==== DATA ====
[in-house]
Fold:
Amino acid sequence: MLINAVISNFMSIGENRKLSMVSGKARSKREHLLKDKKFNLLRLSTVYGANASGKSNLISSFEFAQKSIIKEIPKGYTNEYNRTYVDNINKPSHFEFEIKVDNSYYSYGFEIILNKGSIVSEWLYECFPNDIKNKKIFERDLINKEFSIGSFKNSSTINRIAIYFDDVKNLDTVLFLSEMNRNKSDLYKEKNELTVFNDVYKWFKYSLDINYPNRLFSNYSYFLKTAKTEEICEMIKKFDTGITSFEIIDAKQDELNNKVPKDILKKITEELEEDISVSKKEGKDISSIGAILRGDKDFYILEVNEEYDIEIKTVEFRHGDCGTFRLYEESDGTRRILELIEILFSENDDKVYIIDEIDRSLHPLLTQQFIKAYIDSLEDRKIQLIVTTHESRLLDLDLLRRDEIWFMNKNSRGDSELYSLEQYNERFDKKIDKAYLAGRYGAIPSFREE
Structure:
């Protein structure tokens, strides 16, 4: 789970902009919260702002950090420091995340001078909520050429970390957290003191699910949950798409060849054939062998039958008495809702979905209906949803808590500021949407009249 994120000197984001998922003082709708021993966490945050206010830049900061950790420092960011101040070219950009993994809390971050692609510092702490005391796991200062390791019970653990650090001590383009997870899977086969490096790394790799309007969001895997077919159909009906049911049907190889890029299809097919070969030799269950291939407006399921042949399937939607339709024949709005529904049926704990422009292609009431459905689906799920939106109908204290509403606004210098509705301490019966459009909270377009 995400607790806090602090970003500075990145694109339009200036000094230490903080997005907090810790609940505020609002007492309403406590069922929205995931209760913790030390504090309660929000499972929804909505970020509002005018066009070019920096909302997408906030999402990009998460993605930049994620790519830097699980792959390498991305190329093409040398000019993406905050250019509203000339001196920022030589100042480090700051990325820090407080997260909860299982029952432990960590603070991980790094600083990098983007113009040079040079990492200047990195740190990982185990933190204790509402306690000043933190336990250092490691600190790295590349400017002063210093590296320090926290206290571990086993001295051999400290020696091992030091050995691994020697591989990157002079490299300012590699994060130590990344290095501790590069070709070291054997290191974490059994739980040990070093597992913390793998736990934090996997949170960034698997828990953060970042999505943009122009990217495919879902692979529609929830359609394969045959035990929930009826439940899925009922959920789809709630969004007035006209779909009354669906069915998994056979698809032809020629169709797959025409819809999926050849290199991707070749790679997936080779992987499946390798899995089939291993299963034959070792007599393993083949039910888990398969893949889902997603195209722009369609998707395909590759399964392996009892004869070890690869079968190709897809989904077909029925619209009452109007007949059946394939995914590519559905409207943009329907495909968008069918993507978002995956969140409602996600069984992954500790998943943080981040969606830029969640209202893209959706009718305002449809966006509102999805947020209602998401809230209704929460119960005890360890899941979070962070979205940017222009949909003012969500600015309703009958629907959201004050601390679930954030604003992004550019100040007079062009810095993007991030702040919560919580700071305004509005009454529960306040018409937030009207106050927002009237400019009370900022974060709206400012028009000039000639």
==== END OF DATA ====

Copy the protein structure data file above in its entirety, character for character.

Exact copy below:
[in-house]
Fold:
Amino acid sequence: MLINAVISNFMSIGENRKLSMVSGKARSKREHLLKDKKFNLLRLSTVYGANASGKSNLISSFEFAQKSIIKEIPKGYTNEYNRTYVDNINKPSHFEFEIKVDNSYYSYGFEIILNKGSIVSEWLYECFPNDIKNKKIFERDLINKEFSIGSFKNSSTINRIAIYFDDVKNLDTVLFLSEMNRNKSDLYKEKNELTVFNDVYKWFKYSLDINYPNRLFSNYSYFLKTAKTEEICEMIKKFDTGITSFEIIDAKQDELNNKVPKDILKKITEELEEDISVSKKEGKDISSIGAILRGDKDFYILEVNEEYDIEIKTVEFRHGDCGTFRLYEESDGTRRILELIEILFSENDDKVYIIDEIDRSLHPLLTQQFIKAYIDSLEDRKIQLIVTTHESRLLDLDLLRRDEIWFMNKNSRGDSELYSLEQYNERFDKKIDKAYLAGRYGAIPSFREE
Structure:
């Protein structure tokens, strides 16, 4: 789970902009919260702002950090420091995340001078909520050429970390957290003191699910949950798409060849054939062998039958008495809702979905209906949803808590500021949407009249 994120000197984001998922003082709708021993966490945050206010830049900061950790420092960011101040070219950009993994809390971050692609510092702490005391796991200062390791019970653990650090001590383009997870899977086969490096790394790799309007969001895997077919159909009906049911049907190889890029299809097919070969030799269950291939407006399921042949399937939607339709024949709005529904049926704990422009292609009431459905689906799920939106109908204290509403606004210098509705301490019966459009909270377009 995400607790806090602090970003500075990145694109339009200036000094230490903080997005907090810790609940505020609002007492309403406590069922929205995931209760913790030390504090309660929000499972929804909505970020509002005018066009070019920096909302997408906030999402990009998460993605930049994620790519830097699980792959390498991305190329093409040398000019993406905050250019509203000339001196920022030589100042480090700051990325820090407080997260909860299982029952432990960590603070991980790094600083990098983007113009040079040079990492200047990195740190990982185990933190204790509402306690000043933190336990250092490691600190790295590349400017002063210093590296320090926290206290571990086993001295051999400290020696091992030091050995691994020697591989990157002079490299300012590699994060130590990344290095501790590069070709070291054997290191974490059994739980040990070093597992913390793998736990934090996997949170960034698997828990953060970042999505943009122009990217495919879902692979529609929830359609394969045959035990929930009826439940899925009922959920789809709630969004007035006209779909009354669906069915998994056979698809032809020629169709797959025409819809999926050849290199991707070749790679997936080779992987499946390798899995089939291993299963034959070792007599393993083949039910888990398969893949889902997603195209722009369609998707395909590759399964392996009892004869070890690869079968190709897809989904077909029925619209009452109007007949059946394939995914590519559905409207943009329907495909968008069918993507978002995956969140409602996600069984992954500790998943943080981040969606830029969640209202893209959706009718305002449809966006509102999805947020209602998401809230209704929460119960005890360890899941979070962070979205940017222009949909003012969500600015309703009958629907959201004050601390679930954030604003992004550019100040007079062009810095993007991030702040919560919580700071305004509005009454529960306040018409937030009207106050927002009237400019009370900022974060709206400012028009000039000639």